For 36-38, identify the type of dispersion as clumped, even, or random.
36. Aggressive interactions among nesting birds. clumped
37. A school of fish. even
38. Results from seed dispersal. random
39. Why are populations dynamic?
Populations are constantly changing in size (birth rate/death rate)
40. Explain the survivorship curve. (In other words, what does it mean and what does each line represent.)
a. What is the purpose of this graph?
Shows the likelihood of survival at different ages throughout the lifetime of an organism
b. Type 1 Line: likelihood of dying is small until late in life (elephants and humans)
c. Type 2 Line: probability of dying does not change throughout life (many birds)
d. Type 3 Line: many organisms likely to die young but if they do survive their early period, they have a good chance
of living a long time (oysters, salmon, insects)
41. Explain 4 ways that can affect the rate of population growth.
1. Birth Rate- number of births occurring in a period of time
2. Death Rate (Mortality)- number of deaths in a period of time
3. Immigration- movement of individuals INTO a population
4. Emigration- movement of individuals OUT of the population
42. Explain the following graph:
a. The graph represents what kind of population growth model? J-curve
b. Realistically, population cannot grow indefinitely. Explain why the statement.
Populations cannot grow indefinitely because resources are scarce and waste accumulates; all populations are limited
by their environment; a factor that restrains the growth of a population- limiting factor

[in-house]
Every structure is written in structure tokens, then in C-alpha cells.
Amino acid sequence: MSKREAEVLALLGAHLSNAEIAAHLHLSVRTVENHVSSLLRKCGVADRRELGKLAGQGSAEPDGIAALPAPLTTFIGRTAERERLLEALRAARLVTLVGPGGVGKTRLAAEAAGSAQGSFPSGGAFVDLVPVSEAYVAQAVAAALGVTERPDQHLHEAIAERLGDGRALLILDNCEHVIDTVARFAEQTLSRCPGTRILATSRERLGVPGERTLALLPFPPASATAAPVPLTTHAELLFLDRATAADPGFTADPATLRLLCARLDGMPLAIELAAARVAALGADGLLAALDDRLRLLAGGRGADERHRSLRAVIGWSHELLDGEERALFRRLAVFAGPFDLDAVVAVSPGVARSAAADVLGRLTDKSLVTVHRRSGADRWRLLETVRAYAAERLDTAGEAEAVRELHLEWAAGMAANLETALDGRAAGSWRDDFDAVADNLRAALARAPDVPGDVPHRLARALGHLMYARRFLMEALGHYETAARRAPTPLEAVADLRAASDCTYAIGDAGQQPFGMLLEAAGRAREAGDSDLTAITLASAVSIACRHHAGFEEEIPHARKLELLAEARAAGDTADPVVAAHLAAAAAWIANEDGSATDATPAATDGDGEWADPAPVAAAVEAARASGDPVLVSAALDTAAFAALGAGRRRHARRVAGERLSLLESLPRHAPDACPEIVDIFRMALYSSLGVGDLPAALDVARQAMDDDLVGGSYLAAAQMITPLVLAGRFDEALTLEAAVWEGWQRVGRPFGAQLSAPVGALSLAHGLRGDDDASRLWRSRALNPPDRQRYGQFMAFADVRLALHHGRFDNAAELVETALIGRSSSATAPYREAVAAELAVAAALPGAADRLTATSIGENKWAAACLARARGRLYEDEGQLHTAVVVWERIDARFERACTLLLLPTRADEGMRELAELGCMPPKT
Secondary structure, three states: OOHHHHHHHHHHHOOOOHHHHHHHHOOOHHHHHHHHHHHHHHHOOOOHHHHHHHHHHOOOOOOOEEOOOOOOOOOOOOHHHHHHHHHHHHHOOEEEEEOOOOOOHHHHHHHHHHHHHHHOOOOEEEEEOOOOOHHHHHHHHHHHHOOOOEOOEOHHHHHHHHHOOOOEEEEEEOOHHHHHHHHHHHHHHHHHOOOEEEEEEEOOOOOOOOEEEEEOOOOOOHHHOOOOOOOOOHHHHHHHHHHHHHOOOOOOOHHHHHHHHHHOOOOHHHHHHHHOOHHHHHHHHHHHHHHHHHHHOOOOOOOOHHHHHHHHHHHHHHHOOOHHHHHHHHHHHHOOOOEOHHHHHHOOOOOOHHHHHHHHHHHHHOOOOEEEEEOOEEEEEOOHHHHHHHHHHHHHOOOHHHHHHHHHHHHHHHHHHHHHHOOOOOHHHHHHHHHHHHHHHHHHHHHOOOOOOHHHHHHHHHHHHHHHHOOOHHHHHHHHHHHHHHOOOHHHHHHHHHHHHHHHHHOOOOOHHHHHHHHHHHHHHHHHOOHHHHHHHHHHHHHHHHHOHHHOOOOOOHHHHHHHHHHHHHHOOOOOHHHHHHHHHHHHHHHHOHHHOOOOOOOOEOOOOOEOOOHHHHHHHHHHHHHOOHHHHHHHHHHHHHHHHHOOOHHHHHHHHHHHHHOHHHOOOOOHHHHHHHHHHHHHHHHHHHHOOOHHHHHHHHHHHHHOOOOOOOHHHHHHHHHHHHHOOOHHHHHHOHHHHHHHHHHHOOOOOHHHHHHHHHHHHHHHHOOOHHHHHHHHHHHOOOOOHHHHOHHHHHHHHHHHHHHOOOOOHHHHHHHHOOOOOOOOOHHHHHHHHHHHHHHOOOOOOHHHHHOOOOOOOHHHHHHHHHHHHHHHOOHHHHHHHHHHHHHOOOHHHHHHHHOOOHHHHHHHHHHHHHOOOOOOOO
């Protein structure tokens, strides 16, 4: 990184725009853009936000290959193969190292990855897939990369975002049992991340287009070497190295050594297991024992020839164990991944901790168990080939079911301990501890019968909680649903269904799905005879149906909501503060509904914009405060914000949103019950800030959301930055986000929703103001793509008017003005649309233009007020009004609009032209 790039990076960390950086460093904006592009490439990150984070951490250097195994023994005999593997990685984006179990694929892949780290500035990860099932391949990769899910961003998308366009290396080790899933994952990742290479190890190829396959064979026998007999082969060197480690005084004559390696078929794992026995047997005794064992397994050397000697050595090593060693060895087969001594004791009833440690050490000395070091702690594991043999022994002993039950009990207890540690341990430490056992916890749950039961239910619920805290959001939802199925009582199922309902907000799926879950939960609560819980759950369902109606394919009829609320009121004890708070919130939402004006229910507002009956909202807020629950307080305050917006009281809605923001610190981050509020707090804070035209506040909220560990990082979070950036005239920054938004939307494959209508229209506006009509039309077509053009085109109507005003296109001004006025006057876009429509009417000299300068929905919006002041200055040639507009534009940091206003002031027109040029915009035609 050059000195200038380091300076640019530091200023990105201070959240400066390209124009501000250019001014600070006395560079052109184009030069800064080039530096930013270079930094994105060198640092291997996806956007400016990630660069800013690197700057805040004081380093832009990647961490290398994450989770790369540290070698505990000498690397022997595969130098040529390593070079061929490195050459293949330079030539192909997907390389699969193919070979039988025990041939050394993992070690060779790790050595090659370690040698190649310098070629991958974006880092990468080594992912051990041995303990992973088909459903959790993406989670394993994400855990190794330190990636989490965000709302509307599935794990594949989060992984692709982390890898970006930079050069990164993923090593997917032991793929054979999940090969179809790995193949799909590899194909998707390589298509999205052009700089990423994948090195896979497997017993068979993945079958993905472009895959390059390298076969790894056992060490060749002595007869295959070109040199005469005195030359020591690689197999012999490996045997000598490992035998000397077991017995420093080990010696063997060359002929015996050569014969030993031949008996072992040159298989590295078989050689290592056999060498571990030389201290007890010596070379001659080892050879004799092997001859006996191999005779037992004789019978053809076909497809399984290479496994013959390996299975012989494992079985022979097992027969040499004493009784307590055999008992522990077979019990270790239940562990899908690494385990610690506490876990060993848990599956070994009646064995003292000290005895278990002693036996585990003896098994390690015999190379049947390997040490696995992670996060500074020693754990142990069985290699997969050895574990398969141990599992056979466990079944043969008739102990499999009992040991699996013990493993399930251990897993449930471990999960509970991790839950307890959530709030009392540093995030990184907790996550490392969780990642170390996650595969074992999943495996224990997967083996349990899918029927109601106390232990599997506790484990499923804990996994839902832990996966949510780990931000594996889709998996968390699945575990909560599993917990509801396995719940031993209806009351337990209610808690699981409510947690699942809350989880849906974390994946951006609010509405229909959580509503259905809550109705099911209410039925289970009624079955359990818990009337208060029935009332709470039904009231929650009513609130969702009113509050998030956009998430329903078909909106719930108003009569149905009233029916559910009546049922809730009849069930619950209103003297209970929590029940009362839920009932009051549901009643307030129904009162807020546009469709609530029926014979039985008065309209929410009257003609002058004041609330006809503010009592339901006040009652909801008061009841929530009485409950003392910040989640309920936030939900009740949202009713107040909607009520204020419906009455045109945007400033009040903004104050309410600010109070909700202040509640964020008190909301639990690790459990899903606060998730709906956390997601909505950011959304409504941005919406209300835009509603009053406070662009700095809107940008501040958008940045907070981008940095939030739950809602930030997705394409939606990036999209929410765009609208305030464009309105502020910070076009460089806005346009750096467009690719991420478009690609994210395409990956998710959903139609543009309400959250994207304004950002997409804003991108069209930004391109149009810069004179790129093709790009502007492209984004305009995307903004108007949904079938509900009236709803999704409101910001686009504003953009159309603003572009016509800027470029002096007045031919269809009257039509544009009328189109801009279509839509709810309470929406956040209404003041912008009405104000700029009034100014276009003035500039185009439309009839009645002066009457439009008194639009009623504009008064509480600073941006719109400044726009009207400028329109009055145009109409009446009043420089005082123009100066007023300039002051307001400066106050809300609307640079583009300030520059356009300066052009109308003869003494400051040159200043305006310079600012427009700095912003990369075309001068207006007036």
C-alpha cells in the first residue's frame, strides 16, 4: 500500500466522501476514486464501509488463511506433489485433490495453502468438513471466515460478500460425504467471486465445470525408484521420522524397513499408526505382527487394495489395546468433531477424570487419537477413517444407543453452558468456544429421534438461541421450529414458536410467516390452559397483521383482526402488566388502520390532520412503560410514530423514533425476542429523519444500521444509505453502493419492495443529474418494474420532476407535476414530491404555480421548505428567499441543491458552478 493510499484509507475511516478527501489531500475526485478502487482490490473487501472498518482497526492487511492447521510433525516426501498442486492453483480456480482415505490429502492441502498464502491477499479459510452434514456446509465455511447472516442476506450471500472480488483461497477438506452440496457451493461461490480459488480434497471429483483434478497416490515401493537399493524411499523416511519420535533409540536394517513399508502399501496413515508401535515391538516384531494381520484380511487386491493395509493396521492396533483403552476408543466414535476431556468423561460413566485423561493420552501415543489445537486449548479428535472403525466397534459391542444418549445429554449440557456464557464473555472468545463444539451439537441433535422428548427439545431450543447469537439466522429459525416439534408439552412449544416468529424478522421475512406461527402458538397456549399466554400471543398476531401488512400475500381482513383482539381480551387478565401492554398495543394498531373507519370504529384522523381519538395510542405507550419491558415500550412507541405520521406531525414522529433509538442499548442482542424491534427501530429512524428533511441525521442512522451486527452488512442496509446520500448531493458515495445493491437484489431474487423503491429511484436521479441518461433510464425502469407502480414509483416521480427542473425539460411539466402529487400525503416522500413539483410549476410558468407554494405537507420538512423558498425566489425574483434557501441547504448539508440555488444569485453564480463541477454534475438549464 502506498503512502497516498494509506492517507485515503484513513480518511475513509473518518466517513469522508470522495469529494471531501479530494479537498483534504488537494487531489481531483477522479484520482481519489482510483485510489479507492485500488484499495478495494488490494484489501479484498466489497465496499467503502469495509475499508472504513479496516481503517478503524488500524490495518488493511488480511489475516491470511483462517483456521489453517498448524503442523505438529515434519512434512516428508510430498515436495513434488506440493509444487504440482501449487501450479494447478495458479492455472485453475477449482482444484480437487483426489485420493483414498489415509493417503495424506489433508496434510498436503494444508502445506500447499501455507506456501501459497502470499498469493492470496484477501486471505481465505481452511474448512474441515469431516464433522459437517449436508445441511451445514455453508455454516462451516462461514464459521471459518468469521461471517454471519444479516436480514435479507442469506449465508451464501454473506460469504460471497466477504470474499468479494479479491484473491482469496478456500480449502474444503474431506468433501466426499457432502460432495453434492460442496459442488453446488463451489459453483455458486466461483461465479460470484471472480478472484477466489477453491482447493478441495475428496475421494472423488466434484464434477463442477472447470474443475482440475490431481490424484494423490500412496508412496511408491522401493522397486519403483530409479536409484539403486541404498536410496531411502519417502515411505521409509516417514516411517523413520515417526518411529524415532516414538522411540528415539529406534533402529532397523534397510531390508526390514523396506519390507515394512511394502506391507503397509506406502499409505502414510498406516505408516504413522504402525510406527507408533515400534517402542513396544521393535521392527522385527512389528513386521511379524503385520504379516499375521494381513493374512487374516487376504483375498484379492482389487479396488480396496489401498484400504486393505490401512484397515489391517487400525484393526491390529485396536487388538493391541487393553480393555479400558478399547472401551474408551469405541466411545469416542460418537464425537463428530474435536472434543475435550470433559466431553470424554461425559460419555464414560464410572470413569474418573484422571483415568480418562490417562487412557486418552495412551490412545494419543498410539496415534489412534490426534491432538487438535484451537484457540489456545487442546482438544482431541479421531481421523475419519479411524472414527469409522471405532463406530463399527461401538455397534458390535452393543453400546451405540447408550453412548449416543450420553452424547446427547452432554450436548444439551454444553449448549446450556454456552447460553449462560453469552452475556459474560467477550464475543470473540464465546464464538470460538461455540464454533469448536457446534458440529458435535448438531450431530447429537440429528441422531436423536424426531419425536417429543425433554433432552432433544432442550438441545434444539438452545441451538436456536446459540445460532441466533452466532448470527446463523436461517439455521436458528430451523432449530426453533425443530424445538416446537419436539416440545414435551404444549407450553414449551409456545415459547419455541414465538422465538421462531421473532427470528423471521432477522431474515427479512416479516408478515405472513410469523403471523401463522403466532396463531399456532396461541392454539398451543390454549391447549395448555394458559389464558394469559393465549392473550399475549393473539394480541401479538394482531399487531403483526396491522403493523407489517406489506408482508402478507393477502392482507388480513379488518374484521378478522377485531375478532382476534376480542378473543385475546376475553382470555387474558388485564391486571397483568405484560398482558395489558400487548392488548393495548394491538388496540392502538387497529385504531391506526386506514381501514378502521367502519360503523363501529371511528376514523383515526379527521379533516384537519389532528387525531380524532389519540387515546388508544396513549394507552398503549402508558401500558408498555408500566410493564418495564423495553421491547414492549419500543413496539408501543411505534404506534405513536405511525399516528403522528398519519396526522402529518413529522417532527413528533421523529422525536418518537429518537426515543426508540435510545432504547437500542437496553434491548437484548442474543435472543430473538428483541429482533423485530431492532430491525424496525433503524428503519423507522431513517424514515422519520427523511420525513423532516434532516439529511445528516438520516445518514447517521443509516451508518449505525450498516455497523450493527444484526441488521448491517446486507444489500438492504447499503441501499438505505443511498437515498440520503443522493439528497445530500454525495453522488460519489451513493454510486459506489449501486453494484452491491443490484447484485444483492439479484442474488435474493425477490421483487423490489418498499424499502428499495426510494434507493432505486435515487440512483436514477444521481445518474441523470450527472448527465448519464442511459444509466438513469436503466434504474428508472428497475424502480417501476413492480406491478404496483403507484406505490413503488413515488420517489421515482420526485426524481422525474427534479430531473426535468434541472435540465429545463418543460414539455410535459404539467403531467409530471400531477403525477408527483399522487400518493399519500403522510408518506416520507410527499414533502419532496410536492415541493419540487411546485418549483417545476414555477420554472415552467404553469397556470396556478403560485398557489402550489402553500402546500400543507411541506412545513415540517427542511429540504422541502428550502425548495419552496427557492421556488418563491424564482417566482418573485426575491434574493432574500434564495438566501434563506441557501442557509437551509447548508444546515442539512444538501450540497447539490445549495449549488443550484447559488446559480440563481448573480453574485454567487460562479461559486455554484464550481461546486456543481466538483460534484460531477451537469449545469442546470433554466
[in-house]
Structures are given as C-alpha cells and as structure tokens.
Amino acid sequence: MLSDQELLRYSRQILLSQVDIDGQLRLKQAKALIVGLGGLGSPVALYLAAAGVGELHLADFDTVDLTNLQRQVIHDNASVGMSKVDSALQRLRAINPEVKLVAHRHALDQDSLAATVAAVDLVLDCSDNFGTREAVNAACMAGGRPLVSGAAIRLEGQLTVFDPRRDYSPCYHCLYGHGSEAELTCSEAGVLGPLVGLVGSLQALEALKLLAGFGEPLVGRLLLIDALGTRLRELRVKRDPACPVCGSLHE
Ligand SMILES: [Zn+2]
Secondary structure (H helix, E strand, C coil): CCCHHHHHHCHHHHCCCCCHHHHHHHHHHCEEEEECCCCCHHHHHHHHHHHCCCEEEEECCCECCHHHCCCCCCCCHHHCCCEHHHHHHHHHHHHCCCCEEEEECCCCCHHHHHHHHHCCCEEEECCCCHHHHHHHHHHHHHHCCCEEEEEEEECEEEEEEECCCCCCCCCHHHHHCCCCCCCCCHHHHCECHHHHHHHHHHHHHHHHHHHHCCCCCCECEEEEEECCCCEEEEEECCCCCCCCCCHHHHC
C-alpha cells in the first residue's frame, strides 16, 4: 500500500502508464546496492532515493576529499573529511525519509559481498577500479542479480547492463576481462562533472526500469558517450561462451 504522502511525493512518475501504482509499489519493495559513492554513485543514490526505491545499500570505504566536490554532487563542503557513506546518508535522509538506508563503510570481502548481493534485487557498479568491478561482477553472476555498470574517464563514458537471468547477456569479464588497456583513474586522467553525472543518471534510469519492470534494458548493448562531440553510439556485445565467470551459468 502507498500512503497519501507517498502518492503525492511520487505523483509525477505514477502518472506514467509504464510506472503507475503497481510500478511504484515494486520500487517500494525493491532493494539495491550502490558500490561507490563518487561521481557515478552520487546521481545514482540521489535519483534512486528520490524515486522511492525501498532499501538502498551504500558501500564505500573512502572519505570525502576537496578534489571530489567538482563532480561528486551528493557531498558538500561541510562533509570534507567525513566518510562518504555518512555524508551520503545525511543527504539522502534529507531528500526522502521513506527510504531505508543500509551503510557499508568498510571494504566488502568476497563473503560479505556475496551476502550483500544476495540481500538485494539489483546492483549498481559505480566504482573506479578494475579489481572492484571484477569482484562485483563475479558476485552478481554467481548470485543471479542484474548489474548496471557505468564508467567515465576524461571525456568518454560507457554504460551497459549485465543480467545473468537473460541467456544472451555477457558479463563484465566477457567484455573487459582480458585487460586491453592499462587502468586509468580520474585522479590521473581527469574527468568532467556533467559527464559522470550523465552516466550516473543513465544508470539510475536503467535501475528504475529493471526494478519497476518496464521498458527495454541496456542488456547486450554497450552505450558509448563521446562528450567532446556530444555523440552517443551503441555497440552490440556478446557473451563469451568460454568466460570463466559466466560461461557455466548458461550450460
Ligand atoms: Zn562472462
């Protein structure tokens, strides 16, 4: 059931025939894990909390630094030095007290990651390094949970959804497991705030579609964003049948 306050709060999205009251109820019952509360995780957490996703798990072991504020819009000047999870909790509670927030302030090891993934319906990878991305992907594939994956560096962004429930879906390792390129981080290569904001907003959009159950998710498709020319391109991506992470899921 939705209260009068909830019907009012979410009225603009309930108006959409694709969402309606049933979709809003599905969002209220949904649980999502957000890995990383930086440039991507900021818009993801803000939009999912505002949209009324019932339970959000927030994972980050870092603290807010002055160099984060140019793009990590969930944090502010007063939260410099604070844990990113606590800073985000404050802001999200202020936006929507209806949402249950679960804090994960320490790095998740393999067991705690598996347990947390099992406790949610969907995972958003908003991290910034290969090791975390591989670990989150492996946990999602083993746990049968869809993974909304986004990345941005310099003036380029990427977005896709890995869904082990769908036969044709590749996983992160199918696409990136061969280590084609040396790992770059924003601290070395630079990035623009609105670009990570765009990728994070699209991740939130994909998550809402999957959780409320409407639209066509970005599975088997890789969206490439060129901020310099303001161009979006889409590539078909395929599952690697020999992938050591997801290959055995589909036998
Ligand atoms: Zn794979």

43. Explain the following graph:
a. The graph represents what kind of population growth model? S-curve (logistic model)
b. Why does the graph show an S-curve?
shows the effect of limiting factors and carry capacity (the total number or organisms can support over a period of
c. What does this model take into account that the other growth model does not? Limiting factors
44. Weather and floods are examples of what kind of limiting factors? Density-independent
45. Food shortages or nesting sites are examples of what kind of limiting factors? Density-dependent
46. What is the difference between primary and secondary succession?
Primary- the development of a community in an area that has not supported life previously, such as bare rock and
sand dune, very slow process!
47. What is a pioneer species?
Pioneer species- first species, fast growing, fast reproducing
48. What are invasive species?
Invasive species- are species that are not native to an area and can cause harm (stinkbugs)
Example: Stinkbugs are native to Asia. They have become a nuisance to Americans and farmers. Stinkbugs like to
eat fruits and vegetables destroying crops. Although there are some natural predators, those predators cannot keep
up with the stinkbug population!
Tolerance Curves
49. What is a tolerance curve?
Comparing a performance factor with an environmental factor; its shows differences in tolerance in with an organism
can handle
50. Explain the graph.
51. How is acclimation different from adaptation?
Acclimation- an adjustment of a tolerance; Adaptation- new feature that allows an organisms to survive and
52. What is a niche?
The role an organism plays in the environment (includes interactions between abiotic and biotic, resources and
conditions that the organism can tolerate)